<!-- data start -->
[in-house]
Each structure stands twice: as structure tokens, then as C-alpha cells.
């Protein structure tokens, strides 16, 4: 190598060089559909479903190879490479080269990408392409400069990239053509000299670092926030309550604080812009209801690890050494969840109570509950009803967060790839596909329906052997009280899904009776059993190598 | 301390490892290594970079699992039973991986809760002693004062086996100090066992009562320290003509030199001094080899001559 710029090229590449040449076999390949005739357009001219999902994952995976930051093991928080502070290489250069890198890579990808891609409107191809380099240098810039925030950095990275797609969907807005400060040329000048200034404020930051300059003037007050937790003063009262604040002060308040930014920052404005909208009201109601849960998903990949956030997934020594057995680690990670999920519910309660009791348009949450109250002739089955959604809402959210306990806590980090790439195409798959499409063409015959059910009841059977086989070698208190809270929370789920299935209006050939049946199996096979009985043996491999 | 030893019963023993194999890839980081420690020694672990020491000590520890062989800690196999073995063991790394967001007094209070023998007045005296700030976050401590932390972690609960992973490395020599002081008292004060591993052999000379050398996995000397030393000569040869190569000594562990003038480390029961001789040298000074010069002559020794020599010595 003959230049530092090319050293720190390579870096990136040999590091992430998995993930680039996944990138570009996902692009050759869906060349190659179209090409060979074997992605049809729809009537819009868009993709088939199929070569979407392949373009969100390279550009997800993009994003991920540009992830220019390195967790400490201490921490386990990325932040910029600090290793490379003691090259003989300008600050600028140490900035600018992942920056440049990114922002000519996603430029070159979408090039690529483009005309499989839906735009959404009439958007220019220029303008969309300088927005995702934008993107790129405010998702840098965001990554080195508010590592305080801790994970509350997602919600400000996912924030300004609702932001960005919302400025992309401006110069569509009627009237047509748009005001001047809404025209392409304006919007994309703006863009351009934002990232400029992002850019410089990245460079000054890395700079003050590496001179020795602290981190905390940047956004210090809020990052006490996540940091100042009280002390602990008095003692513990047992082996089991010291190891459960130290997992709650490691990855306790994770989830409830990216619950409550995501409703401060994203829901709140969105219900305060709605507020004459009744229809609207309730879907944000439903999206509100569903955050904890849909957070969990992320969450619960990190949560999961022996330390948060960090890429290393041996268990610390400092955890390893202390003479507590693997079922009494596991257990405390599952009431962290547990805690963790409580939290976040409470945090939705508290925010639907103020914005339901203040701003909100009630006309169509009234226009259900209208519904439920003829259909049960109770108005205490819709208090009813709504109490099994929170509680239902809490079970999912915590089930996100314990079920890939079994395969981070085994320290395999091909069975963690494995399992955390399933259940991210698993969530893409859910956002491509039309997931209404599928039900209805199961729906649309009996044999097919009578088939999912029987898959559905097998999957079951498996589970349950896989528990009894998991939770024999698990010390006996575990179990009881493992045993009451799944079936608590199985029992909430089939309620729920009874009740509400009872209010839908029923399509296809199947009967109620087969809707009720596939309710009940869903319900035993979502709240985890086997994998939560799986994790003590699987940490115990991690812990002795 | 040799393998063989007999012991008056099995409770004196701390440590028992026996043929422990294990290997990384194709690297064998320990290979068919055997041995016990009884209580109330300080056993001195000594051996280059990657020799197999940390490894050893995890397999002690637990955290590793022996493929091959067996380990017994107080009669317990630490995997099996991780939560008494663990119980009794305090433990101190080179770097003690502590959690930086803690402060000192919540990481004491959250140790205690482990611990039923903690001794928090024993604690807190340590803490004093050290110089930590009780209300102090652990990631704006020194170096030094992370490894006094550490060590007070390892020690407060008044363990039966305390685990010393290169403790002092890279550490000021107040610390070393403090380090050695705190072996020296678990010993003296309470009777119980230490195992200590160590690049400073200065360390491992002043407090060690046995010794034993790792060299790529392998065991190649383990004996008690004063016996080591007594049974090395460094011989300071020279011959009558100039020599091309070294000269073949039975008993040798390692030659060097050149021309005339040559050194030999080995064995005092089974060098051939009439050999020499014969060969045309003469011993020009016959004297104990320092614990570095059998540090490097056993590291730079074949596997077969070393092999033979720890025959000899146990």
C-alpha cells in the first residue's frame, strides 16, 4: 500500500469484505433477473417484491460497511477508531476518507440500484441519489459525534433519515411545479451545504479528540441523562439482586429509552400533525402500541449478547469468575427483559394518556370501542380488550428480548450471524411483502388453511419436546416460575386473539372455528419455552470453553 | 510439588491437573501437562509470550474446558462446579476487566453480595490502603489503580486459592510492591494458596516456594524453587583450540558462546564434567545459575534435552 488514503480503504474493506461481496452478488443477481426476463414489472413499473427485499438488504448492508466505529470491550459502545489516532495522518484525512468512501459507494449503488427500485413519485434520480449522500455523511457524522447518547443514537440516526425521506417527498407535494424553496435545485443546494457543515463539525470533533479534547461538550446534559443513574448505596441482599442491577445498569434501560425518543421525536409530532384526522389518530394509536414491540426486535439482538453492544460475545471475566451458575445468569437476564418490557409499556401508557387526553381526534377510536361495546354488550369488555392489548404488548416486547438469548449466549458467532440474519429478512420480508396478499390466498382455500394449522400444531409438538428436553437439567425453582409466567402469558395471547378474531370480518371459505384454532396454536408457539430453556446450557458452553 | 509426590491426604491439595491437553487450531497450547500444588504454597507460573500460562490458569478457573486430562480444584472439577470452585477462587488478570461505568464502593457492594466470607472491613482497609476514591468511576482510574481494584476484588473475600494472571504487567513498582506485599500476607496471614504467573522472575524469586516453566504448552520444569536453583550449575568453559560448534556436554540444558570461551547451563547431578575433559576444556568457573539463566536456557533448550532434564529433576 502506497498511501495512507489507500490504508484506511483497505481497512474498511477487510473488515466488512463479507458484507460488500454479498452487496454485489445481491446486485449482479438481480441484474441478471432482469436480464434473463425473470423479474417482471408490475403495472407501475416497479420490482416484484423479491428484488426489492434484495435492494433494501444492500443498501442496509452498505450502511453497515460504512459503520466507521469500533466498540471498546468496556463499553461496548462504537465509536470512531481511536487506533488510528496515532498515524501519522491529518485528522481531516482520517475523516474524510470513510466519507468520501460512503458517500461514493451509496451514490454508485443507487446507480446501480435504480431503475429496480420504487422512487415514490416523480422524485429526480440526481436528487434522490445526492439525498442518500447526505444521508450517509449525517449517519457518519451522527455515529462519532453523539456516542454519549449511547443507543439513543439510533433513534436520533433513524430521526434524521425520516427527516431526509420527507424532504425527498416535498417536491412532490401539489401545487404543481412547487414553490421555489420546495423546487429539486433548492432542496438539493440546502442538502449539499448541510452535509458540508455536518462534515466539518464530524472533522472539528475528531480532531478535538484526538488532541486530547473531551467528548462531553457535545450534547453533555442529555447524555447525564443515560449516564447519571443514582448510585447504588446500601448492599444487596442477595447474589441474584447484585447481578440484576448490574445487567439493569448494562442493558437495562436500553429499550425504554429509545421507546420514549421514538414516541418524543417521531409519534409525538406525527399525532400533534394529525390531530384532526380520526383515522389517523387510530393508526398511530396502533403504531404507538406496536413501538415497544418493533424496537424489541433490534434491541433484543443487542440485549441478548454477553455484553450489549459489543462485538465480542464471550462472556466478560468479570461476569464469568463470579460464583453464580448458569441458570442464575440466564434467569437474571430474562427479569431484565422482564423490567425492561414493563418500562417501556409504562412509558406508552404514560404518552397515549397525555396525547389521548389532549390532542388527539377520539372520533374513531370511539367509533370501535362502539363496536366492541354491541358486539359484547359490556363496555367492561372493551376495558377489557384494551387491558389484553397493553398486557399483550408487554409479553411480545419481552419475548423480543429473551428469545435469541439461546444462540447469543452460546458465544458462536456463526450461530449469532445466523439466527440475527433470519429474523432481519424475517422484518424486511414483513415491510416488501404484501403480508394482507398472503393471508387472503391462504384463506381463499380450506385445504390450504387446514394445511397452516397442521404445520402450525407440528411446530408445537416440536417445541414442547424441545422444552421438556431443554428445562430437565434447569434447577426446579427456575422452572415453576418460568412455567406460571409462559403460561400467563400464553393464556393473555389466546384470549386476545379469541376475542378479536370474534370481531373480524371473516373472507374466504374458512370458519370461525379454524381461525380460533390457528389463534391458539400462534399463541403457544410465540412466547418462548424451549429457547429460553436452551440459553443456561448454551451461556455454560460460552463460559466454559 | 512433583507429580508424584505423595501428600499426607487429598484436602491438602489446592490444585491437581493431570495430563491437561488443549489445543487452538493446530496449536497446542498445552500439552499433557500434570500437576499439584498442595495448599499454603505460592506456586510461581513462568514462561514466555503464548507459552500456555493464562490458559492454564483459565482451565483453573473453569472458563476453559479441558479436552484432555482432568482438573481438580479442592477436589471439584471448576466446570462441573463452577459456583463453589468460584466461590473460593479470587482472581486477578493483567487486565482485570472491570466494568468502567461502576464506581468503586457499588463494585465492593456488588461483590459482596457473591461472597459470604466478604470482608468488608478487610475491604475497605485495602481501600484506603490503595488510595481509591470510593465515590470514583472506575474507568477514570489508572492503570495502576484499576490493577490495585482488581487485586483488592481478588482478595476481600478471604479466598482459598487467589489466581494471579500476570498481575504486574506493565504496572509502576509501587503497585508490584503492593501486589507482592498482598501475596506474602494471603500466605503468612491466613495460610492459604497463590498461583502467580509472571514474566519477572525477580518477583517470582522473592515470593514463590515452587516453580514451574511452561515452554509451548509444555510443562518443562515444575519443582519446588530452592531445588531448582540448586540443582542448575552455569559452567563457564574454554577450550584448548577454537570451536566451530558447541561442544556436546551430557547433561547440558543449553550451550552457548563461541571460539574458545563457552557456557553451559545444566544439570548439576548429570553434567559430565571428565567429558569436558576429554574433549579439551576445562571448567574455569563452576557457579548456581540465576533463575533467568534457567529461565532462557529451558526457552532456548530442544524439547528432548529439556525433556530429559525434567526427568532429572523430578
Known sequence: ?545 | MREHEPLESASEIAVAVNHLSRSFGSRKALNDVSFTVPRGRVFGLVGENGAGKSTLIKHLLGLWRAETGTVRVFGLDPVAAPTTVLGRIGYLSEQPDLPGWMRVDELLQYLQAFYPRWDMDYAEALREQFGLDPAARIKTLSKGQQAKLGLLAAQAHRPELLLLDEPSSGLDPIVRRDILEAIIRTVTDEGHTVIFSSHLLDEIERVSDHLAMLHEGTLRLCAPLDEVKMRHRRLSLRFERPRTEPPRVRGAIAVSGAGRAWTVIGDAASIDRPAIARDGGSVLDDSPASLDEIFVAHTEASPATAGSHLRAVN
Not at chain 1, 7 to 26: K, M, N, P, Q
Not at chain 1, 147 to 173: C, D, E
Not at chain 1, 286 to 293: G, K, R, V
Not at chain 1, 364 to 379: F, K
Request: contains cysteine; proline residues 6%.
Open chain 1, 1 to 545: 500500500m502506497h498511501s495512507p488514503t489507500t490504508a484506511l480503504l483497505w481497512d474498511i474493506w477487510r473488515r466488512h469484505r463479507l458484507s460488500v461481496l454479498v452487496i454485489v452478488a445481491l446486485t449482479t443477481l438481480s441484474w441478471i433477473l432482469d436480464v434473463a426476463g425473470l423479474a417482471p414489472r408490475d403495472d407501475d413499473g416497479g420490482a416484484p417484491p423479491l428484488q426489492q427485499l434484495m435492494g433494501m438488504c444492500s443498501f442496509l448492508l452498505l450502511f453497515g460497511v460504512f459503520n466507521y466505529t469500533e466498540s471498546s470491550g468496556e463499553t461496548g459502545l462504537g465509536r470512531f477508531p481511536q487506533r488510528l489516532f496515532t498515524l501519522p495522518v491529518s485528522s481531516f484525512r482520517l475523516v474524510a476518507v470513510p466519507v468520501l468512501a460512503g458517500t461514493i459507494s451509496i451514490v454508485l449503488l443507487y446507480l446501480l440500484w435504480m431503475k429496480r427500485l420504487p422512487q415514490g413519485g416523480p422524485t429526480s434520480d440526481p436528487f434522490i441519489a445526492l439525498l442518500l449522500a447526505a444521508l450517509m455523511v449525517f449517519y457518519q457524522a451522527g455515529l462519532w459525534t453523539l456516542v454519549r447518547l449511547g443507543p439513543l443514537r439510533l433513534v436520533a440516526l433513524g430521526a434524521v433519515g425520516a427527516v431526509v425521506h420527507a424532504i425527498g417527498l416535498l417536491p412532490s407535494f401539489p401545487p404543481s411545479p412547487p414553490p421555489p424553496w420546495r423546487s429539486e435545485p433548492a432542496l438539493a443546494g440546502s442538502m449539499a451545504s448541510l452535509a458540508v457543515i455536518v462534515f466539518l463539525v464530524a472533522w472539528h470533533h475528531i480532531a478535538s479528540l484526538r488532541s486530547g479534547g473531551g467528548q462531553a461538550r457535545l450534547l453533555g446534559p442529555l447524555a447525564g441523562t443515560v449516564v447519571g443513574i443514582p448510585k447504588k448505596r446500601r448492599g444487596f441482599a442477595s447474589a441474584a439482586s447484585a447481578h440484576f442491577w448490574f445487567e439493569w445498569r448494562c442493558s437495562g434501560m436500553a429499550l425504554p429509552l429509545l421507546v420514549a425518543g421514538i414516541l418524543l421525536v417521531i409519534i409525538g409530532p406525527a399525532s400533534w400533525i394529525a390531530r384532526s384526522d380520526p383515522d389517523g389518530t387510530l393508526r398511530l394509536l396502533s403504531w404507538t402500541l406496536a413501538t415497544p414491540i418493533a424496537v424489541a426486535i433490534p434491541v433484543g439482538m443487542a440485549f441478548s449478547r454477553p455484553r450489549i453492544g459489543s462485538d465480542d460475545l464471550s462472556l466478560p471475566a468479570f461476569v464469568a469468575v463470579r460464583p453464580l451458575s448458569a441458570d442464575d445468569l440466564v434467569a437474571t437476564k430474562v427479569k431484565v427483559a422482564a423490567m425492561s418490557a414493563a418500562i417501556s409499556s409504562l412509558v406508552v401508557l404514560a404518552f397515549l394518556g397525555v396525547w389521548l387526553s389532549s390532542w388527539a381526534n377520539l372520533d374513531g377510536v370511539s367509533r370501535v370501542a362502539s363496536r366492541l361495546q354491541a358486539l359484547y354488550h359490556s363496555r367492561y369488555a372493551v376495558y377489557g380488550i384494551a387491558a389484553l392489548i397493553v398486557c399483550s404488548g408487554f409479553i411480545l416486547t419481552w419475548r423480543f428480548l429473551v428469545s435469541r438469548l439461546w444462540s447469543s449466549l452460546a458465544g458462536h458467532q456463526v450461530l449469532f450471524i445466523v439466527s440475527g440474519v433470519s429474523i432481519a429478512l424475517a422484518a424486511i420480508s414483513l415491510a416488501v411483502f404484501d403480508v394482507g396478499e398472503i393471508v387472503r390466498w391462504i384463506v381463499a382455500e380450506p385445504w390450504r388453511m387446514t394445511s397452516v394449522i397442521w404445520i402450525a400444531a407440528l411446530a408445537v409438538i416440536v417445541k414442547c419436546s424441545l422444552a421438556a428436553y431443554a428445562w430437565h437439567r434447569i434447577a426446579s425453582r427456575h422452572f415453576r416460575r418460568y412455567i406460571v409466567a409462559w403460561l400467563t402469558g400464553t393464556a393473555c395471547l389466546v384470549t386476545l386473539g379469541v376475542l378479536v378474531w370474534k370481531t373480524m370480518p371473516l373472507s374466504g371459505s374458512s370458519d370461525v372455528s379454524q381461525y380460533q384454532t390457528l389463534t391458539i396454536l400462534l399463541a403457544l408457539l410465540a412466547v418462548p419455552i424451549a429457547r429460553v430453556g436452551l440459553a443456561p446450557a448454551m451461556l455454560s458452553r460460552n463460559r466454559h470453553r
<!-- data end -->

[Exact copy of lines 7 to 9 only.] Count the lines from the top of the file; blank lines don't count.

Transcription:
Not at chain 1, 147 to 173: C, D, E
Not at chain 1, 286 to 293: G, K, R, V
Not at chain 1, 364 to 379: F, K